New Insights on Consumption Collectives


Special issue of the Journal of the Association for Consumer Research; deadline 1 Jul 2020

Author: James Ellis


JACR Call for Papers

Issue Editors: Eric Arnould, Giana M. Eckhardt and Adam Arvidsson

Much consumer research has focused on the behaviors and lifestyles of individuals. Nonetheless, researchers from diverse perspectives and paradigms have addressed collective dimensions of consumer behavior. Dyads and other collective formations are present in studies in game theory, joint purchase decision making, buyer seller relationships, dating, and nascent studies of interactions with AI devices and robots. Families have provided context for the study of consumer socialization, resource sharing, decision-making styles, out-sourcing, gift giving and inheritance. Consumer researchers have considered ethnic, national, gender, class and age groups in terms of a host of topics including identity work, consumer vulnerability, marketplace discrimination, acculturation, preference formation, satisfaction and complaining behavior, and conspicuous consumption. Distinctive to consumer research are our contributions to understanding consumption communities, brand communities, and consumer tribes from both theoretical and managerial perspectives. Some scholars have even crossed into the territory of organizational theory to examine consumption behaviors in firms and other institutional settings. We have begun to examine more ephemeral digital collectives sometimes termed “publics” that social media facilitate and interrogate the nature of collectivity itself. Finally, the emergence of the Internet of Things opens the gate to the study of non-human collective consumption.

In this issue, we are interested in advancing theoretical insights into consumption collectives. We define consumption collectives as networks of social relations that arise around consumer goods, brands, other kinds of commercial symbols, or digital platforms. The idea behind consumer collectivities is to emphasize the social as opposed to individual dimension of consumption: how consumer goods, brands, commercial symbols, and digital platforms generate and support social relations, common meanings or simply shared moments or affective intensities. In recent decades, the diffusion of digital media; the generalization of consumerist aspirations to vast numbers of new consumers in countries like India, China, or Nigeria; what Bauman (2013) terms greater liquidity in social life; and the politicization of consumption through new kinds of alternative or resistant consumer communities, to name but a few developments, have generated a number of novel ways for consumer goods, commercial symbols and digital platforms to generate and support collectivities beyond the notion of communities.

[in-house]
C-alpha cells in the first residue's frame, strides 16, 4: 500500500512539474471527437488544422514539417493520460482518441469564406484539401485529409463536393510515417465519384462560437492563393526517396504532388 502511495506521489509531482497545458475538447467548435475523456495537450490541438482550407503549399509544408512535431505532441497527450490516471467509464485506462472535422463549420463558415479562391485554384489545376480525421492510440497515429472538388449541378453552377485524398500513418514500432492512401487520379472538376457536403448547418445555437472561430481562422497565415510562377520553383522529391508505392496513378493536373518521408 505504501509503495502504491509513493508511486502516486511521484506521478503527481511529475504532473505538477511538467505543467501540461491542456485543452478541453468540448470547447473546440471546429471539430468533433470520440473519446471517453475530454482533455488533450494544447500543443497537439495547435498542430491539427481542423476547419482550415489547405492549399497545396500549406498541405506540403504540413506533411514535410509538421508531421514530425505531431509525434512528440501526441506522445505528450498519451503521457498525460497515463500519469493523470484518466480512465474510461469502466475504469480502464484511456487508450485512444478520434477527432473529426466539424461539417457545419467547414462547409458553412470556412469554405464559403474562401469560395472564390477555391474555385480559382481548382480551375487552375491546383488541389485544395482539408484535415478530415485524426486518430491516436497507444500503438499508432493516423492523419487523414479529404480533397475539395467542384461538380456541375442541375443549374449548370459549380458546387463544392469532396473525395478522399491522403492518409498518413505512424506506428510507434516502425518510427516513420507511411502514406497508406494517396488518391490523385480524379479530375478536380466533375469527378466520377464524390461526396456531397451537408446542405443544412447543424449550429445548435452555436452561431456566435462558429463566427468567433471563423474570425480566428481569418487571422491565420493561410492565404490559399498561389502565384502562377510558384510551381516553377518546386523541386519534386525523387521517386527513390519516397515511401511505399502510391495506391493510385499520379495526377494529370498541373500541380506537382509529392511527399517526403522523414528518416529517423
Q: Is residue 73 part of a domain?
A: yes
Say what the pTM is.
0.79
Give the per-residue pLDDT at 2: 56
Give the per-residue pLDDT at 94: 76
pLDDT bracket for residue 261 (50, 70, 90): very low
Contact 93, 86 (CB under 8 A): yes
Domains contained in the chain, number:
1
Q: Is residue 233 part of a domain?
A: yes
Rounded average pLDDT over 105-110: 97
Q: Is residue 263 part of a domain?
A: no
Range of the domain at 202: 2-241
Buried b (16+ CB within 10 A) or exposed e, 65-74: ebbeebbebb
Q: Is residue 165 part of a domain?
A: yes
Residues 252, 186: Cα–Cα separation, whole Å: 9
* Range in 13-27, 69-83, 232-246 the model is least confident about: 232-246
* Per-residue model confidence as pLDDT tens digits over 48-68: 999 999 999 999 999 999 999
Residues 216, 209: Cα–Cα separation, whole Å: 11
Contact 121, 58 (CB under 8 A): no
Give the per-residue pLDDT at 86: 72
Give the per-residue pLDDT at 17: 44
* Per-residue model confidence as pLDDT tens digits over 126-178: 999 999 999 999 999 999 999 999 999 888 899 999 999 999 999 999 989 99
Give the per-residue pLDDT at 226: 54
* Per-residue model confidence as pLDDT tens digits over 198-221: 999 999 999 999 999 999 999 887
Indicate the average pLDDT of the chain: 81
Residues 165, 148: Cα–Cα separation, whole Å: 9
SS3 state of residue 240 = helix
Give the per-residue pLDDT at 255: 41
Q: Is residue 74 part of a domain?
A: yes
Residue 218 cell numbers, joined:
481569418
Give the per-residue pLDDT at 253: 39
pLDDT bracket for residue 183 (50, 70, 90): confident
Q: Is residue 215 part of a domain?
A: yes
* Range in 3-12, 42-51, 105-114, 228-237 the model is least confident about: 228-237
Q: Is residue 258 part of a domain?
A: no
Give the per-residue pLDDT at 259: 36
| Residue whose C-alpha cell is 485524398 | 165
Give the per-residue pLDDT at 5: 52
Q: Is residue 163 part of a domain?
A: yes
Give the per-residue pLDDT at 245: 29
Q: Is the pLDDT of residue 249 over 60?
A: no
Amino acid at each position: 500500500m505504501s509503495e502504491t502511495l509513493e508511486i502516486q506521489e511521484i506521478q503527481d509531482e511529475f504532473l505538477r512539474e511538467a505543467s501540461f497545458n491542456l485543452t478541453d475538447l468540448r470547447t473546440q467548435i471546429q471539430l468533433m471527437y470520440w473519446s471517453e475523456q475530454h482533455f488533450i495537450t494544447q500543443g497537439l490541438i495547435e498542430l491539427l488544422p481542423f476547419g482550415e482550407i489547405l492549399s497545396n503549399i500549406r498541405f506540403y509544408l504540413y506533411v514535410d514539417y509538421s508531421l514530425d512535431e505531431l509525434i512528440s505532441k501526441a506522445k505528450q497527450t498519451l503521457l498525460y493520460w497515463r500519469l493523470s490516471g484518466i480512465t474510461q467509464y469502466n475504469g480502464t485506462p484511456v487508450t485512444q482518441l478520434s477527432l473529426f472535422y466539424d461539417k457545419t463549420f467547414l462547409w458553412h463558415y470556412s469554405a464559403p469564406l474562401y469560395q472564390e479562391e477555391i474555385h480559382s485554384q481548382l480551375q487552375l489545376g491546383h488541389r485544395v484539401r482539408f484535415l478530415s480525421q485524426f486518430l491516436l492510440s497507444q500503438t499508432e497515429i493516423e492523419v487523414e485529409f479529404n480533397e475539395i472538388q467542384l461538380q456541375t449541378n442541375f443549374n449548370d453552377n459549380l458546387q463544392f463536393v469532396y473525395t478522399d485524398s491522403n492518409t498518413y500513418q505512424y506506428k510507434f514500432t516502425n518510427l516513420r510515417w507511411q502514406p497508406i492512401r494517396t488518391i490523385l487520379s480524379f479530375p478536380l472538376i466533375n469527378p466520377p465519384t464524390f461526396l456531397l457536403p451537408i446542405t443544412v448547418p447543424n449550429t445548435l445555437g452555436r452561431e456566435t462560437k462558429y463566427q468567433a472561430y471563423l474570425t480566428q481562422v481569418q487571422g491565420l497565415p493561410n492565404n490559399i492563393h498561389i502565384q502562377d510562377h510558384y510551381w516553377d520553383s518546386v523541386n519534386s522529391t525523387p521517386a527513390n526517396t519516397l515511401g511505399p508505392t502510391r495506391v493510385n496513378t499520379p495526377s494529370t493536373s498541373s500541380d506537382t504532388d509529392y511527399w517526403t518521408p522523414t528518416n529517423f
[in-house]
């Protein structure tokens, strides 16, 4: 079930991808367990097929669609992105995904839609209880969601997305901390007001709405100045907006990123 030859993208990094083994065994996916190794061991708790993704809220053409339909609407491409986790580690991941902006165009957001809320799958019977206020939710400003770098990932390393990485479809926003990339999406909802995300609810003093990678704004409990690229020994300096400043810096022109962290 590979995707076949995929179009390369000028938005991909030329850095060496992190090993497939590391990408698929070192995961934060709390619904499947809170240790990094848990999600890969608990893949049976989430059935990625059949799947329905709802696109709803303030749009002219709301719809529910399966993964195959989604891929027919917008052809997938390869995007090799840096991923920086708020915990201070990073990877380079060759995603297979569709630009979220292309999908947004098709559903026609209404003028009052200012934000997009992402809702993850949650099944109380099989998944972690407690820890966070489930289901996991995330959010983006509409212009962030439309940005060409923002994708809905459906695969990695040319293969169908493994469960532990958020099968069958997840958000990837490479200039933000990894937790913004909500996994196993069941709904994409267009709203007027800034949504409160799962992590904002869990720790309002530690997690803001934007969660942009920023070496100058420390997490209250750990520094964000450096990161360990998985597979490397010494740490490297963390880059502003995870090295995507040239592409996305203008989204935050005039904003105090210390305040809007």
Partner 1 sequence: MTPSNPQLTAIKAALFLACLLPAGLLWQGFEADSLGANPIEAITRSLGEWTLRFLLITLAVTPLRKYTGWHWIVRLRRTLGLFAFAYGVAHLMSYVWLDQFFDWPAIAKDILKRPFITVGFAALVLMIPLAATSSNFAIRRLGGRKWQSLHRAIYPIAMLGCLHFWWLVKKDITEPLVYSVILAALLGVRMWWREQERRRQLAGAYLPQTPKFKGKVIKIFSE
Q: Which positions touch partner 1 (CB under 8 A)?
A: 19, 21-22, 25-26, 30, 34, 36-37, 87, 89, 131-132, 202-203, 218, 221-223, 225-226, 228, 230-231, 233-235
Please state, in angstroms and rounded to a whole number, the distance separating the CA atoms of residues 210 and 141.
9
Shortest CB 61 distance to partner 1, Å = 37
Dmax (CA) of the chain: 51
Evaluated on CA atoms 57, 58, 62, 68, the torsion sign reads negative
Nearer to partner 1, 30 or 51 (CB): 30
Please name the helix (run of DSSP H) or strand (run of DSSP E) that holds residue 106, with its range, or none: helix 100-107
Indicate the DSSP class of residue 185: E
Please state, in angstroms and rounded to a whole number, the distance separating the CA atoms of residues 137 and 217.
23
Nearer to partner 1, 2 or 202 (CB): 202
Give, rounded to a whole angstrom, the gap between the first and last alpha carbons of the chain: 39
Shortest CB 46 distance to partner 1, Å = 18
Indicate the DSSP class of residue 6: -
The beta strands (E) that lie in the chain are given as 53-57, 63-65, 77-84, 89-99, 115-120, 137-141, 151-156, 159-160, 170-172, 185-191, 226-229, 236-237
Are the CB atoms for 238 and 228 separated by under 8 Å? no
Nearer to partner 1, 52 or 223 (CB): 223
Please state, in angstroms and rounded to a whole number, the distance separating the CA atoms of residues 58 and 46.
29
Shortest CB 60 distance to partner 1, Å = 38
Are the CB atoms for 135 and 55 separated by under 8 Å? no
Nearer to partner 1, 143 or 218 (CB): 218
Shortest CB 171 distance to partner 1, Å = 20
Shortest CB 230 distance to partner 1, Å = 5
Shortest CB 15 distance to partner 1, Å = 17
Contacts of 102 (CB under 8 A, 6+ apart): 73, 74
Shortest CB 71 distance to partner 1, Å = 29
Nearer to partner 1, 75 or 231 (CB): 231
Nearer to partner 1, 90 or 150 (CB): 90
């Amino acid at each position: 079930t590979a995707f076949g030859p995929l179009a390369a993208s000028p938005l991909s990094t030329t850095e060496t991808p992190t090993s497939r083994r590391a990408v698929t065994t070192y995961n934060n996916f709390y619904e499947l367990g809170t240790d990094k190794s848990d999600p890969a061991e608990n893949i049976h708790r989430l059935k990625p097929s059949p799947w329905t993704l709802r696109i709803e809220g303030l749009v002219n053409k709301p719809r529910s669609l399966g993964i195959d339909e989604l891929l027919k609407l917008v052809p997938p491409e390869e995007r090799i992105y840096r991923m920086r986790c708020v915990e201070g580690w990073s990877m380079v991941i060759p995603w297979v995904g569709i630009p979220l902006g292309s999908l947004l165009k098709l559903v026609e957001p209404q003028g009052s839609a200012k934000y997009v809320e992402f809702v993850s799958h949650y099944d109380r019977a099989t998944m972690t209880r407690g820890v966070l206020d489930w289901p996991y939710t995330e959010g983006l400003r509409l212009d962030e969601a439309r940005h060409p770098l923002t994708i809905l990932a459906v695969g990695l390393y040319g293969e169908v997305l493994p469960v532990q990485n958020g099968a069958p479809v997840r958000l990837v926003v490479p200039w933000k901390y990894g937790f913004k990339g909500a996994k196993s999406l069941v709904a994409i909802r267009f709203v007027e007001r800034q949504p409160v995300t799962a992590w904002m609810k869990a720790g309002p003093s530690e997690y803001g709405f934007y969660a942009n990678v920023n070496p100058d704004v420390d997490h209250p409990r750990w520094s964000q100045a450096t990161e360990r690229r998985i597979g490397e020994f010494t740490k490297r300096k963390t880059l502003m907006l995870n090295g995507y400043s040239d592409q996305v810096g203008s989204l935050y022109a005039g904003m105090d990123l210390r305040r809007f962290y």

The rationale behind this special issue is to focus on such novel forms of consumer collectives. How do the less resourceful consumers who rely on the growing global pirate economy to acquire counterfeit or knock-off versions of branded consumer goods and advanced electronics relate to the brands and other commercial symbols that adorn these goods, albeit not always in legitimate ways. How do the more ephemeral or liquid kinds of consumer sociality that characterize digital consumer cultures operate to catalyze social ‘movements’ like new fashions and trends? What is the role of collective affect vs subjective meaning in linking consumers to liquid consumer collectives? What are the links between production and consumption in a consumer culture evermore generated by prosumer practices? Here we are thinking of topics ranging from the creative repropagation of memes to the kinds of ‘memefacturing’ linking small-scale flexible forms of material production to internet trends, resulting in objects like the hoverboard or the selfie stick. Networks of subsistence market innovators are also included.